The only good alternative I could think of was intensive use of cover crops to add the needed organic matter. For new ground that can be kept out of food-production for a full year, starting now with some kind of peas (it won't matter which kind), plowing those in then leaving them for a week or so to begin decomposition, followed by buckwheat in May that is plowed in after it has begun to flower, followed by another round of buckwheat or some cowpeas, followed by a winter cover of rye plus either hairy vetch or Austrian winter peas, would get the soil into pretty good shape. The cover crops would, of course, need to be amended following recommendations on soil test results, especially with regard to bringing our area's naturally low soil pH into a better range for the desired plants.

Most organic gardeners here in Cobb County need to incorporate cover crops in the rotation anyway, to keep the soil phosphorus levels in bounds, but to get a big slug of organic matter into the soil using cover crops alone will take some planning.

Sunday, March 3, 2013

Tracking the Harvest: Jan. & Feb. 2013

Winter radish - a crop that we love but that is almost done in our yard. 
Tracking the harvest totals last year taught me a lot about my garden, so I'm going to try it again this year. Something I had already figured out is that the next two or three months are going to be pretty slim, harvest-wise, but tracking the harvest really emphasizes the leanness of the coming weeks.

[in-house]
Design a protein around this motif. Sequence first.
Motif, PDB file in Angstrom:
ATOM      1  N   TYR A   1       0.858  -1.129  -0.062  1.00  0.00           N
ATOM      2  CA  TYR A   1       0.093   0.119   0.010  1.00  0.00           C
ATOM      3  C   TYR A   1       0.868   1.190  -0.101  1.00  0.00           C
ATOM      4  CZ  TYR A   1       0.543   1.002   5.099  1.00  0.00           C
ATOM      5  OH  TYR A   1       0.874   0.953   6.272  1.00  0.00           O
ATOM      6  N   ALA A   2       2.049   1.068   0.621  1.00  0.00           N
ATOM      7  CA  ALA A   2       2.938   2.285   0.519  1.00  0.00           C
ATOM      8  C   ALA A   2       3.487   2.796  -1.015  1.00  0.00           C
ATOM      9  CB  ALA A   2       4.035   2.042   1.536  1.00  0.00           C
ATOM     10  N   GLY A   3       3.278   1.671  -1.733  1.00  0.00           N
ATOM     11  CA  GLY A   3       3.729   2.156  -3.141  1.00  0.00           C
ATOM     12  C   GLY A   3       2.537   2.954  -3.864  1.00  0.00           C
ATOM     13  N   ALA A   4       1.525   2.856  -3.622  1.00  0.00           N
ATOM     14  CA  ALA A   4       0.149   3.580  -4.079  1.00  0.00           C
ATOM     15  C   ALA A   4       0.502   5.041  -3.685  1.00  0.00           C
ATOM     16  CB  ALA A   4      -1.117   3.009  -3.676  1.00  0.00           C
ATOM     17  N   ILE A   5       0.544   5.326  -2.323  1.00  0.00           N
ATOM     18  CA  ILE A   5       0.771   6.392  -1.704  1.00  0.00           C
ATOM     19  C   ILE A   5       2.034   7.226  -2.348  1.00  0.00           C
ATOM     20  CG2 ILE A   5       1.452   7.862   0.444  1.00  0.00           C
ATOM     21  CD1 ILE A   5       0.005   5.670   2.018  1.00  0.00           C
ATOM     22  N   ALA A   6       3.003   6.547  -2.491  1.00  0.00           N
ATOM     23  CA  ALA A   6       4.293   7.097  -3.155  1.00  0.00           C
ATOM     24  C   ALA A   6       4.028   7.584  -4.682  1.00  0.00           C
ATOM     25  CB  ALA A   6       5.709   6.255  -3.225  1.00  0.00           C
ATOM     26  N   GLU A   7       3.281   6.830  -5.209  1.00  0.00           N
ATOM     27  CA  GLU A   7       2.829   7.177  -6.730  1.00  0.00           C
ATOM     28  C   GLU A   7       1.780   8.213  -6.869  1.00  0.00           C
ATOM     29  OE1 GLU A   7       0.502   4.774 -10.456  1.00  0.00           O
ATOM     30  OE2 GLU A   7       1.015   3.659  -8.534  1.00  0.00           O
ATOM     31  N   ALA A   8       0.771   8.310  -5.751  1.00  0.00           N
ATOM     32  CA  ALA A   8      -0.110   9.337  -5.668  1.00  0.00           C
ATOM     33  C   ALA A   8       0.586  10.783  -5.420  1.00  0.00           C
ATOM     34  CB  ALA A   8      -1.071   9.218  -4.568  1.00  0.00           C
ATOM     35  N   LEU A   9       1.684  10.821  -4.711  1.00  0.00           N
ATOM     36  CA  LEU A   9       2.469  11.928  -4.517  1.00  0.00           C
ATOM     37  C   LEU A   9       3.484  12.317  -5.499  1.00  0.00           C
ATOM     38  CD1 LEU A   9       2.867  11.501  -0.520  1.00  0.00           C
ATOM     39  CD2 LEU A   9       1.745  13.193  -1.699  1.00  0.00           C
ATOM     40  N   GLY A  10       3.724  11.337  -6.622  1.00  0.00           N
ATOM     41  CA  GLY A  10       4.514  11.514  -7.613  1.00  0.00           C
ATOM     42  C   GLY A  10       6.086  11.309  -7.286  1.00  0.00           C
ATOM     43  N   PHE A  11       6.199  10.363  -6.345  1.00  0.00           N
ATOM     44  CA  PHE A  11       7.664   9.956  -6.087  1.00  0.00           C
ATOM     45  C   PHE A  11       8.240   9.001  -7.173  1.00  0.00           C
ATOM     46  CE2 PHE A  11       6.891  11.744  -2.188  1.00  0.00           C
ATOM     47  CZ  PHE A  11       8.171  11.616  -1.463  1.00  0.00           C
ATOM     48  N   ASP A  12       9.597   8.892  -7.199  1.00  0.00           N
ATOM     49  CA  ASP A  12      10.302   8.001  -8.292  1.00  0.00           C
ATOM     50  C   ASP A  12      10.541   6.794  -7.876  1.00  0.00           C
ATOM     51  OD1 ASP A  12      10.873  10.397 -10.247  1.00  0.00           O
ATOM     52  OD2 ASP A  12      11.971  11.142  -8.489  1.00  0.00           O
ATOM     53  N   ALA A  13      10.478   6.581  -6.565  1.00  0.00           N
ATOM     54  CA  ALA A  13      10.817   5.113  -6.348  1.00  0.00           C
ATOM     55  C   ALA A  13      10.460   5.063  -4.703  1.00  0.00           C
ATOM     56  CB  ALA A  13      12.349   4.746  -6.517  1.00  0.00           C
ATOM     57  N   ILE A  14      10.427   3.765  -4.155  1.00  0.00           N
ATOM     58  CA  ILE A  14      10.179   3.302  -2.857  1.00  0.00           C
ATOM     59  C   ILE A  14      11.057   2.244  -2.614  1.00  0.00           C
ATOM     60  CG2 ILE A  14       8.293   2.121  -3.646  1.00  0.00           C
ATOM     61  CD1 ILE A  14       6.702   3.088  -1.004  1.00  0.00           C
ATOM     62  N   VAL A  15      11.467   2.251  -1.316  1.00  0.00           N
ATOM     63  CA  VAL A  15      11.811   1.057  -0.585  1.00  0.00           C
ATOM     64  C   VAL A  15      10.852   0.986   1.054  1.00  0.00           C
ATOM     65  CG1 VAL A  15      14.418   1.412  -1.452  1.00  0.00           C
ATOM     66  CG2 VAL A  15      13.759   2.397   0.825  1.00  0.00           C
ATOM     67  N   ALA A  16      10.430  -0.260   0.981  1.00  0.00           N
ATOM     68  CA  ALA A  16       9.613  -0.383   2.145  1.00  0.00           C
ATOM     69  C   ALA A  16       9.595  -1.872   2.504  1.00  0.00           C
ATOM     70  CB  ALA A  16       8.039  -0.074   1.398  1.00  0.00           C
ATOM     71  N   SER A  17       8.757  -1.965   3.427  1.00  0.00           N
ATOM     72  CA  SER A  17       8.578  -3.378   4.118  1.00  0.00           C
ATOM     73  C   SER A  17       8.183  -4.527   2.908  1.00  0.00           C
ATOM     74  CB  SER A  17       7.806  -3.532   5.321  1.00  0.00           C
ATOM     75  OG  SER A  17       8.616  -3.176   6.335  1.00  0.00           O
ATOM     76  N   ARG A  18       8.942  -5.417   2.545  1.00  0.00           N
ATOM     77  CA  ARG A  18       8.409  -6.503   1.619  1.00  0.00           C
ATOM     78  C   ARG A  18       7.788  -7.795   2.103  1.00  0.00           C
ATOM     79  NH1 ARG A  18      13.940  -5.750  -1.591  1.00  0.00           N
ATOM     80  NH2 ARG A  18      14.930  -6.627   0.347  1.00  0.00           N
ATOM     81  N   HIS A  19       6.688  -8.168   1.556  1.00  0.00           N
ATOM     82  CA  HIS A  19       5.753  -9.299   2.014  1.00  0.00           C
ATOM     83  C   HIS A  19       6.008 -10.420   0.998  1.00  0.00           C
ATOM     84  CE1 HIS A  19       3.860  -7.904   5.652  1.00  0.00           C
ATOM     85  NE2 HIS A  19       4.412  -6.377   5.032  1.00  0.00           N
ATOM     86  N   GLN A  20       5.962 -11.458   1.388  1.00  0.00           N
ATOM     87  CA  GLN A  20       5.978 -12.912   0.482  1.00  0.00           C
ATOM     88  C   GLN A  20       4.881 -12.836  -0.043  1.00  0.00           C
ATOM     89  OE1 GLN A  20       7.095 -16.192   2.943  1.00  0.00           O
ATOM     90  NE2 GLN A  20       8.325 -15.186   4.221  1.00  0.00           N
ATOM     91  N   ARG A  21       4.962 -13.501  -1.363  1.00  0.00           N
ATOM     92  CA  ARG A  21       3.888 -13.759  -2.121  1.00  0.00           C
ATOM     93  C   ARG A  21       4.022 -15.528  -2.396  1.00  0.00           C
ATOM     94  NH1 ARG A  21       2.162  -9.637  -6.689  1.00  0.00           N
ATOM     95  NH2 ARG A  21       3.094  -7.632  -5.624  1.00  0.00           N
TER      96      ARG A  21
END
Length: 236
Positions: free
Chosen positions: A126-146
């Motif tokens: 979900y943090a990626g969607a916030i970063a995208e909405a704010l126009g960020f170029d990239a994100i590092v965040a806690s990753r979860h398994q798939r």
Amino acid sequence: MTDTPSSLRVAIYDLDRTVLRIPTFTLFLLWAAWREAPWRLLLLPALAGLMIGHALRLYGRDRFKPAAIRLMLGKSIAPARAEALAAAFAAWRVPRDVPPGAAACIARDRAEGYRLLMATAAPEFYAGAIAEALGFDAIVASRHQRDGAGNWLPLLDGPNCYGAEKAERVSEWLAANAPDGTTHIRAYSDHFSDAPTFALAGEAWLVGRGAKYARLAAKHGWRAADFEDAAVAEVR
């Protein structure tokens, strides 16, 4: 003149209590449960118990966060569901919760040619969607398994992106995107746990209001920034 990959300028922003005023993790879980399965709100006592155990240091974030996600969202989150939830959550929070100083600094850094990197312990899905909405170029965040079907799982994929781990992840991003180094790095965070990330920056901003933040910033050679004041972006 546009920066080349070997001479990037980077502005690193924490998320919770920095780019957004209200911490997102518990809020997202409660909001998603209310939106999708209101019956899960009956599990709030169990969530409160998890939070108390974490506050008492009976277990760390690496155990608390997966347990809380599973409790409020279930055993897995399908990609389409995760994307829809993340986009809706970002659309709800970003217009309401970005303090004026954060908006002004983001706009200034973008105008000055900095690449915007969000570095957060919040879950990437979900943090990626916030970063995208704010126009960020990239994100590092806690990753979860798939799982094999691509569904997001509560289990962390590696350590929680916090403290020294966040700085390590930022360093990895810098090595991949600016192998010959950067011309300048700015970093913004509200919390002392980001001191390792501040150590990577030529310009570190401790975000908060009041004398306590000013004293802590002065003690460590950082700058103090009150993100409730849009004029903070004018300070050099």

The next two or three months are why we put veggies in the freezer and in jars "for later." Not too surprisingly, "later" has finally arrived!

Here are the weights, in kilograms, for the veggies that I weighed after bringing them in from the yard.

January Harvest
Asian persimmons
Radish, winter
Swiss chard
Beets plus greens
Bok Choy
February Harvest
Radish, winter
Onions, green
Beets plus greens

January's harvest total is 11.6 kg, which converts to 25 pounds, 9 ounces. February's harvest total is just 2.15 kg, which converts to 4 pounds, 12 ounces. Altogether, the 2013 harvest amounts to 30 pounds, 5 ounces of food from the yard.

That's not bad for a start to the year in a small garden, but we are about to slow waaay down. Right now in the yard we have a little patch of radishes, spinach, a little kale, some green onions, a few stragglers in the carrot patch, and some beets, cilantro, and parsley -- all of which will be ready to eat within the next several weeks if not sooner. This won't get us very far, but it will all be good!

There are also onions and garlic planted that won't be ready until about June, and some peas that just went in the ground today. I had planned to plant potatoes this weekend, but I finally decided that it was a little too cold and that it could wait a few more days.

I also sorted the remaining sweet potatoes, pulling out a few for starting this year's slips. The rest went into the oven, since I had it turned on for sourdough bread, anyway. The mashed sweets will go into freezer bags, to be eaten over the next couple of months, after they've cooled.

Hope everyone else's gardens are off to a good start!


Related Posts Plugin for WordPress, Blogger...